The U.S. Department of Health and Human Services (HHS) is leading an initiative aimed at reducing new HIV infections by 75% in the next 5 years and 90% in the next 10 years. According to HHS Secretary Alex Azar, that means preventing more than 250,000 new infections over the proposed 10-year timespan.
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Join the Office on Women's Health in helping women and girls reach and maintain a healthy weight. Enter our Shape of Health: An Obesity Prevention Game challenge by creating a video game focused on obesity prevention or weight control for women or girls.
Did you know the change in seasons can bring on a type of depression called seasonal affective disorder (SAD)? According to the National Institute of Mental Health, SAD is diagnosed four times more often in women than men. To learn more about SAD and how women can manage it, we talked to Dr. Yael Nillni.
In 2011, my life was uprooted in an instant. I remember sitting on the floor of my Brooklyn, New York, apartment, heart pounding, tears flowing, palms sweating, anxiously anticipating a phone call where I hoped to hear two words: "She's OK."
Earlier that morning, my mom, who lived alone, was knocked unconscious after falling in her home in Tampa, Florida. A family friend found her about 12 hours later. While I waited for that phone call, I knew my life would never be the same.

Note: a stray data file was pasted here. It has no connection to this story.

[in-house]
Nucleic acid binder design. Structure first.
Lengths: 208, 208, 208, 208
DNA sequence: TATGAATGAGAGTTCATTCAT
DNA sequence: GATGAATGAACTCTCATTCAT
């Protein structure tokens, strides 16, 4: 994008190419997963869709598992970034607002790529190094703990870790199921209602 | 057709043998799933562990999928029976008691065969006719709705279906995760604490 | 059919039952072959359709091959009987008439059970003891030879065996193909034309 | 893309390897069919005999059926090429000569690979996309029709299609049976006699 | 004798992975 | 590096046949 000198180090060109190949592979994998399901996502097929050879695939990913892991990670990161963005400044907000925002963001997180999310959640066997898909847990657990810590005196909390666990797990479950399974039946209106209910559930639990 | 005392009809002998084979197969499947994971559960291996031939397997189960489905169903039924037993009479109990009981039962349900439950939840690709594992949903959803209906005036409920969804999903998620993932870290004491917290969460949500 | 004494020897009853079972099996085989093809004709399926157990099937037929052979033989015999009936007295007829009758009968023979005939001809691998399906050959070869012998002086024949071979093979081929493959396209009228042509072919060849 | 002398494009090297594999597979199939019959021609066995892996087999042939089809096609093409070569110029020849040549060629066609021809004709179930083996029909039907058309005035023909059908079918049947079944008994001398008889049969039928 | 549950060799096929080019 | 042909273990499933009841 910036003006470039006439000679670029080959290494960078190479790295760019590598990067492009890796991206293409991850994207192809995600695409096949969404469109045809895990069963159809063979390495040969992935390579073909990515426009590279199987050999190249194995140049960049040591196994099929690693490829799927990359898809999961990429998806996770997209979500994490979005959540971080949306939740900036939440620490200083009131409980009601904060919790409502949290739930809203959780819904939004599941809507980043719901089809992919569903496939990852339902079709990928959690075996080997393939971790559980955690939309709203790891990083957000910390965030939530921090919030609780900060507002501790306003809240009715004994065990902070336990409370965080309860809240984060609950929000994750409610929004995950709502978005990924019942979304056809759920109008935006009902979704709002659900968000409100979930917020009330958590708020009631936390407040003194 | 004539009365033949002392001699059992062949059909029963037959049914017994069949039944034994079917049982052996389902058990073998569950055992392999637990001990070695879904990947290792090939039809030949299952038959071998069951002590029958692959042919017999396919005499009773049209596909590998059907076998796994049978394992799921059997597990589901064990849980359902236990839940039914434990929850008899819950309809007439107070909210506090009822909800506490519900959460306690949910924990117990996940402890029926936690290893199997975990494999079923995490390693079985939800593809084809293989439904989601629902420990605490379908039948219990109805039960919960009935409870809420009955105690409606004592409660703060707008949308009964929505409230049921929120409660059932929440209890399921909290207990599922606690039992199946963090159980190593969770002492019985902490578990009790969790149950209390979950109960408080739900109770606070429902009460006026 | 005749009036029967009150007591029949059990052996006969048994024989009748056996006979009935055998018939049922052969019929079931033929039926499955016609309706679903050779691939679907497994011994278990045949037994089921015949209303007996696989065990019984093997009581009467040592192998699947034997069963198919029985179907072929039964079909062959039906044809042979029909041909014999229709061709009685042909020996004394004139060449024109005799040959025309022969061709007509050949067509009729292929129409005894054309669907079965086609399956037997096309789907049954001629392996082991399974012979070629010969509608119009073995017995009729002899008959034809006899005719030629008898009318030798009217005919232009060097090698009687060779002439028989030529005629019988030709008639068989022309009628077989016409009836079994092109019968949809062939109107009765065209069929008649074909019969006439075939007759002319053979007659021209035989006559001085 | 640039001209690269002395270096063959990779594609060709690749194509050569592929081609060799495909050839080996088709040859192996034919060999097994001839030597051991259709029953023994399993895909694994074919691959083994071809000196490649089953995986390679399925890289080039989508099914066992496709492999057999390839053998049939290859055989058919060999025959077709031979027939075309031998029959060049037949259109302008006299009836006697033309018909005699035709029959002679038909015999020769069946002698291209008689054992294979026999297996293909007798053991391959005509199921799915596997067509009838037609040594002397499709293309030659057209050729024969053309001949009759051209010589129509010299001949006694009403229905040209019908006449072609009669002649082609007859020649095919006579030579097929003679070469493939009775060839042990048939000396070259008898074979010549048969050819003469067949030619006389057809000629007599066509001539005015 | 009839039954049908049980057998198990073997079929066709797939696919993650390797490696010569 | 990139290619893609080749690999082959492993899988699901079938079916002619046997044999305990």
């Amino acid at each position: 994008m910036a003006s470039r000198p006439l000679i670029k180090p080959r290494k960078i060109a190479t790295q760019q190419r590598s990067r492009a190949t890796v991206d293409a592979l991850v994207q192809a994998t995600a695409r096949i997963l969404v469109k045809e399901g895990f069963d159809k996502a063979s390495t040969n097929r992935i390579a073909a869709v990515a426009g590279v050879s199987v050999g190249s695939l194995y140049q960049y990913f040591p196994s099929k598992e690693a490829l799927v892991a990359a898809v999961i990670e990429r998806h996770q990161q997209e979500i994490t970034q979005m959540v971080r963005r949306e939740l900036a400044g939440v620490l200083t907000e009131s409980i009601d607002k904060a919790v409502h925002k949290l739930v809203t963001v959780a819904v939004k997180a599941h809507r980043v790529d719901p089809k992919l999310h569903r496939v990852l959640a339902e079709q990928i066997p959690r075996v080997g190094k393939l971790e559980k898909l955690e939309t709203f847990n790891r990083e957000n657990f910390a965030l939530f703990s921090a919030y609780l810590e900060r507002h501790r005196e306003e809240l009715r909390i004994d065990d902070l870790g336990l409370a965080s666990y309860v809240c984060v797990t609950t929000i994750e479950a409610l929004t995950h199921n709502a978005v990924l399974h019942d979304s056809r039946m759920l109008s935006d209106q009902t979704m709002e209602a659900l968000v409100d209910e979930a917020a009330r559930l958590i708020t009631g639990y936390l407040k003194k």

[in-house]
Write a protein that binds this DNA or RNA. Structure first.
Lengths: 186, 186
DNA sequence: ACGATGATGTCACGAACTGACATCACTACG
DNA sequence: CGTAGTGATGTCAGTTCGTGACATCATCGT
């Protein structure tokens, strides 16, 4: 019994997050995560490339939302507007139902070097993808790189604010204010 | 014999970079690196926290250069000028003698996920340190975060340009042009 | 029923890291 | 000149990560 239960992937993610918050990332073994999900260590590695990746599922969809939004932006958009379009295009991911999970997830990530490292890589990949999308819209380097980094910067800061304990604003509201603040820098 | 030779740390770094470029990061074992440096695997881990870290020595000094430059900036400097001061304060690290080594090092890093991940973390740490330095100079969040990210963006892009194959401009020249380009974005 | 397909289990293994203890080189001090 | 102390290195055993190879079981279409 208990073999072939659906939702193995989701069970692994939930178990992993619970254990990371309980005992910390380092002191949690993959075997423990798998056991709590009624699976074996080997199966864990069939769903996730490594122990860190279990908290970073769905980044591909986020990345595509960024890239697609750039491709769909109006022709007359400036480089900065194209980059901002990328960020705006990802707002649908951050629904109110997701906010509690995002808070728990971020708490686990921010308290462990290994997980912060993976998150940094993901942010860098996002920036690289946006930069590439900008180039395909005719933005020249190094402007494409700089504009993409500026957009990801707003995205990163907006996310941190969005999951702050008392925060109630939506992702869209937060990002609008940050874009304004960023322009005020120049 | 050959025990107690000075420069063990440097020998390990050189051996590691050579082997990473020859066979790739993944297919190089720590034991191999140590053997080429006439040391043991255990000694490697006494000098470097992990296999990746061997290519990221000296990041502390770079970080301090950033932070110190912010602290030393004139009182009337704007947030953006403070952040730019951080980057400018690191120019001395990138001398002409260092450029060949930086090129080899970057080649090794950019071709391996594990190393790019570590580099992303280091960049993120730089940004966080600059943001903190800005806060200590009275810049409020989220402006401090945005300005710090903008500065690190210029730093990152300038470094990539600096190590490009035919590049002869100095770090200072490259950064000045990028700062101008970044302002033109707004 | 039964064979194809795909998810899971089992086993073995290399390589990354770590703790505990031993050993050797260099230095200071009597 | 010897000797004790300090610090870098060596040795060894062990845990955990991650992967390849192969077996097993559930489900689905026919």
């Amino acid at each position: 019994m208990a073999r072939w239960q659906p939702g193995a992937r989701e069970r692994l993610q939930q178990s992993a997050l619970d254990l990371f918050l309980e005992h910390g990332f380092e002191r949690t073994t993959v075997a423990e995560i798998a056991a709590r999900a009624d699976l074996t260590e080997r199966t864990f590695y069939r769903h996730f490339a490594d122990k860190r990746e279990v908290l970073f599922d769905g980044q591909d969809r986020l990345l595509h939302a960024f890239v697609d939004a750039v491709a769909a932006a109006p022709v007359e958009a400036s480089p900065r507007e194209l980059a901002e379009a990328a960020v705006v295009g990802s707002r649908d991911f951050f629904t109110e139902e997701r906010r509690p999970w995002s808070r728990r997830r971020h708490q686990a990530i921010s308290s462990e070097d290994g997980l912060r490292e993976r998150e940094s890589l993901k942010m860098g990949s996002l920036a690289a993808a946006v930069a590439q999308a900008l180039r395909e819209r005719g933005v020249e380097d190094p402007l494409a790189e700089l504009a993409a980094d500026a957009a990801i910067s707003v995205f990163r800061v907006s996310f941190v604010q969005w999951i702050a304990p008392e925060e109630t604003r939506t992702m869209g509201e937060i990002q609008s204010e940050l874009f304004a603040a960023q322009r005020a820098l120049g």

What's a migraine headache like? Migraine headaches affect more women than men, and each woman who lives with this medical condition likely has a different answer to that question. Though they are not usually a threat to your overall health, migraine attacks can greatly affect your day-to-day life.
ADM Brett P. Giroir, M.D., HHS Assistant Secretary for Health, welcomes Dr. Dorothy Fink as the new Deputy Assistant Secretary for Women’s Health and Director of the Office on Women’s Health. Dr. Fink brings extensive experience treating women’s health issues to the Office on Women’s Health. She is board certified in endocrinology, internal medicine, and pediatrics and is recognized as a physician leader on diabetes, nutrition, and bone health.
Did you make a New Year’s resolution in 2018? If so, how’d it go? Did you meet your goal, or do you have more work to do? Reflecting on your progress may bring on a range of emotions. Whether you’re feeling proud or discouraged, that’s OK. Sometimes we accomplish our goals the first time, and sometimes it takes longer than we expect. The key is to stick with it! Just ask my colleagues. Last year around this time, I asked some of them to share their plans for improving their health and well-being in 2018.
The holidays often bring delicious meals and treats, and it can be tough to eat healthy with so much good food around. Rather than skipping or cutting out your favorite dishes, why not try making a few small changes to your recipes to cook up healthier versions? We talked to Anjali Shah, a food blogger who runs The Picky Eater. She wants to make healthy eating easy and fun. See her ideas and simple tricks for healthier cooking this holiday season.
“How could this happen to me?”
This is what one of my colleagues says her mother kept saying after she found out she had heart disease.
I was sitting next to her as she told her story of being diagnosed with inflammatory breast cancer at the age of 27. It wasn't the first time that I had heard a young woman talk through diagnosis and treatment of aggressive breast cancer, but I had to fight back tears while listening to Charity speak. Our entire video production team was struggling not to cry. What was it about her situation that captured all of us?
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